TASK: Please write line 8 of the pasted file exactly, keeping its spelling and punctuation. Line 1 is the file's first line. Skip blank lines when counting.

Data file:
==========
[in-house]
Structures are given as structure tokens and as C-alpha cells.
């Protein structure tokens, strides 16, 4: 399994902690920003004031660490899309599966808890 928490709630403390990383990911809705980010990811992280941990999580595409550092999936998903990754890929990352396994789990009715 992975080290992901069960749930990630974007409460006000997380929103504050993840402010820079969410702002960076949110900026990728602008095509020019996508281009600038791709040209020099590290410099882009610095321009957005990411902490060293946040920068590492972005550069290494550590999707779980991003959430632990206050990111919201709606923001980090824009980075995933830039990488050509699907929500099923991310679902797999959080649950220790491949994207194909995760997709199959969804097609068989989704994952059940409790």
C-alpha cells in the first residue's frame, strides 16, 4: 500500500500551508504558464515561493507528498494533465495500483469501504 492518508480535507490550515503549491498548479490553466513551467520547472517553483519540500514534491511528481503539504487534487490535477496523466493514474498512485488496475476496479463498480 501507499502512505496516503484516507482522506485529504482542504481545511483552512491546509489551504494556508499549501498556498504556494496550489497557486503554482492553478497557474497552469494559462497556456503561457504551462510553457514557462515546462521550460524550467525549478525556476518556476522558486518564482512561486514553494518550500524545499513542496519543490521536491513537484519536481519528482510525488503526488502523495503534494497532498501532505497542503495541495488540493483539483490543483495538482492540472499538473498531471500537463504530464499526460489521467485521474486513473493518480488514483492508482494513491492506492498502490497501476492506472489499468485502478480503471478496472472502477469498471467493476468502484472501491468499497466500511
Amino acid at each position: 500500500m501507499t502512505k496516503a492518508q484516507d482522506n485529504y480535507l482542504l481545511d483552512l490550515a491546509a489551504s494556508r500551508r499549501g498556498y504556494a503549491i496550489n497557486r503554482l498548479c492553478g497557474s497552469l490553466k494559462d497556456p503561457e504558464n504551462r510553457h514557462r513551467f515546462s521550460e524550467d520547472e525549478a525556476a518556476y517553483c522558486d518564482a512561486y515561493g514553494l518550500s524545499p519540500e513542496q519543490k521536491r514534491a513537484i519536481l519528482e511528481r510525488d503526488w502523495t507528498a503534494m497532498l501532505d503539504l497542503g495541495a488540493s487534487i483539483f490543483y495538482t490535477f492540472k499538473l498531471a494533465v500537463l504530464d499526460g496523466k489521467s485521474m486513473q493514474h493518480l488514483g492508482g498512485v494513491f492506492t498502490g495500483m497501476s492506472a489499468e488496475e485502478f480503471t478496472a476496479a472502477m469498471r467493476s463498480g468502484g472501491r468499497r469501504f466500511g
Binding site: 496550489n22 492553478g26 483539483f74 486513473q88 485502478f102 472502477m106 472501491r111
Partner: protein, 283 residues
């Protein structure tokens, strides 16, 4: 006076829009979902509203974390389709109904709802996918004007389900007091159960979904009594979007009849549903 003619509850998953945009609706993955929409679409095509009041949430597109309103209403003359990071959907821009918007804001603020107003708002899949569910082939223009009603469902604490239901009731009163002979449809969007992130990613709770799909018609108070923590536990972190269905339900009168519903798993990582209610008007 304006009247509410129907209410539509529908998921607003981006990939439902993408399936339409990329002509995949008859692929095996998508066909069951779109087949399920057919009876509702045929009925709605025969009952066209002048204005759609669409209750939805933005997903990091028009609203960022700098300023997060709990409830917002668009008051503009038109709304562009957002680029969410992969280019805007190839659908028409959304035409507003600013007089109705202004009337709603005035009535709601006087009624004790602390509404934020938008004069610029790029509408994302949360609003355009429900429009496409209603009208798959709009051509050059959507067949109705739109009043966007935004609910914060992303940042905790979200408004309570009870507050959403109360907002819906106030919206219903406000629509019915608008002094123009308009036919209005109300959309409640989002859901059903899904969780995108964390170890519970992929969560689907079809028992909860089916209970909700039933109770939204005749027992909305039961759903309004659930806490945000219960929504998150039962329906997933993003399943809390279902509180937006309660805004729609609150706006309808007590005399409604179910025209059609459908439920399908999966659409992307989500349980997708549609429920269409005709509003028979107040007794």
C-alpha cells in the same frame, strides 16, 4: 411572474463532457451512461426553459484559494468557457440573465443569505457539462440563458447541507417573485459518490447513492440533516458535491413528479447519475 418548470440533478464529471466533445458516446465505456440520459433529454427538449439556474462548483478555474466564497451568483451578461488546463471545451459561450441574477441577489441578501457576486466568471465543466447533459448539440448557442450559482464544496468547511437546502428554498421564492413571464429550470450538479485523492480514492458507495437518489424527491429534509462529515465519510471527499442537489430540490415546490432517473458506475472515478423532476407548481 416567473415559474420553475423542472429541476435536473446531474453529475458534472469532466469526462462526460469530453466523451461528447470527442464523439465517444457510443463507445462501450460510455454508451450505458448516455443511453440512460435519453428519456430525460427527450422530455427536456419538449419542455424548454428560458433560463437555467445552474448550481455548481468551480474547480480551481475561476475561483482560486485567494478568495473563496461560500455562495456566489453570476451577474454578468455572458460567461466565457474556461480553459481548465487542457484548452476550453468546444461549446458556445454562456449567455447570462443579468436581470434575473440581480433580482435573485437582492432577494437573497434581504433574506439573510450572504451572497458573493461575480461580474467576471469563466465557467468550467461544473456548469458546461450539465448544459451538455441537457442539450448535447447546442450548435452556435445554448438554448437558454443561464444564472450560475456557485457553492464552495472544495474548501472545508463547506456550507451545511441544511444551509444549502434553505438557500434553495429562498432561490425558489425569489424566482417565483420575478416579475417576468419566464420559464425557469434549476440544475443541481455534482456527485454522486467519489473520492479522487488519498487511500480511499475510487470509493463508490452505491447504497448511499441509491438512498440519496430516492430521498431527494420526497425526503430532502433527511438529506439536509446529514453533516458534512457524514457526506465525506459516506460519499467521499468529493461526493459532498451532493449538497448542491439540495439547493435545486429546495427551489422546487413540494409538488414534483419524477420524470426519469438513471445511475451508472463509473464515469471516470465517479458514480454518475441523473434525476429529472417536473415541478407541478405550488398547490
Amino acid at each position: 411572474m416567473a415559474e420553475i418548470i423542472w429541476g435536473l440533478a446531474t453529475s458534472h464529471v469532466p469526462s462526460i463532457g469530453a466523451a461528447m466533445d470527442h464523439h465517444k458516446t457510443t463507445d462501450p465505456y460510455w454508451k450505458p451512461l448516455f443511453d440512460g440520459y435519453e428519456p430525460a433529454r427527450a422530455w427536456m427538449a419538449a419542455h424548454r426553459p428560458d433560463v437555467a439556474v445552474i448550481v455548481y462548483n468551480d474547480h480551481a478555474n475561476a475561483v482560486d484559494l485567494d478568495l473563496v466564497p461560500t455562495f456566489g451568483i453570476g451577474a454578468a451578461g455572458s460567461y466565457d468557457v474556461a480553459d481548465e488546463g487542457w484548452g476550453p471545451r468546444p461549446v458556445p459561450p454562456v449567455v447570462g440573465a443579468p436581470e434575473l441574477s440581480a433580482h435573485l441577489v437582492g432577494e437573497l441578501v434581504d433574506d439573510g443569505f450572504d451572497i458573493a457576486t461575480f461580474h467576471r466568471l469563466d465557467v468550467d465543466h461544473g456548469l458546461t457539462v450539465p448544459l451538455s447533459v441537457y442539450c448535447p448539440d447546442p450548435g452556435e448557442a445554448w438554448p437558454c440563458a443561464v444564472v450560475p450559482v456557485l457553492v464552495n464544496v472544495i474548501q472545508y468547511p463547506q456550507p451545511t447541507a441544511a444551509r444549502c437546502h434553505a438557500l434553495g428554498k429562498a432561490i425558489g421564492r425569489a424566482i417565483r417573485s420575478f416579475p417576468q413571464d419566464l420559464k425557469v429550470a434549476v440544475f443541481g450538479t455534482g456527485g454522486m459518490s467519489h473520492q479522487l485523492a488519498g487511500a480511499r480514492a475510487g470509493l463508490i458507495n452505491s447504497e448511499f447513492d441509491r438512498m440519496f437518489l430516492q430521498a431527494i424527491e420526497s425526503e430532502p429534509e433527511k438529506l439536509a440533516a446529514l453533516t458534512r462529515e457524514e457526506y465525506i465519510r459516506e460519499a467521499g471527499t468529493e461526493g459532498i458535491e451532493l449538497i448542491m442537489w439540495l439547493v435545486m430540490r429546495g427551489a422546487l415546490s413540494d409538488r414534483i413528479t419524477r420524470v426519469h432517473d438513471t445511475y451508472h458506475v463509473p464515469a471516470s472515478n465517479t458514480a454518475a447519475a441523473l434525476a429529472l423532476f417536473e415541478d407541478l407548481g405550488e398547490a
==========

């Protein structure tokens, strides 16, 4: 006076829009979902509203974390389709109904709802996918004007389900007091159960979904009594979007009849549903 003619509850998953945009609706993955929409679409095509009041949430597109309103209403003359990071959907821009918007804001603020107003708002899949569910082939223009009603469902604490239901009731009163002979449809969007992130990613709770799909018609108070923590536990972190269905339900009168519903798993990582209610008007 304006009247509410129907209410539509529908998921607003981006990939439902993408399936339409990329002509995949008859692929095996998508066909069951779109087949399920057919009876509702045929009925709605025969009952066209002048204005759609669409209750939805933005997903990091028009609203960022700098300023997060709990409830917002668009008051503009038109709304562009957002680029969410992969280019805007190839659908028409959304035409507003600013007089109705202004009337709603005035009535709601006087009624004790602390509404934020938008004069610029790029509408994302949360609003355009429900429009496409209603009208798959709009051509050059959507067949109705739109009043966007935004609910914060992303940042905790979200408004309570009870507050959403109360907002819906106030919206219903406000629509019915608008002094123009308009036919209005109300959309409640989002859901059903899904969780995108964390170890519970992929969560689907079809028992909860089916209970909700039933109770939204005749027992909305039961759903309004659930806490945000219960929504998150039962329906997933993003399943809390279902509180937006309660805004729609609150706006309808007590005399409604179910025209059609459908439920399908999966659409992307989500349980997708549609429920269409005709509003028979107040007794």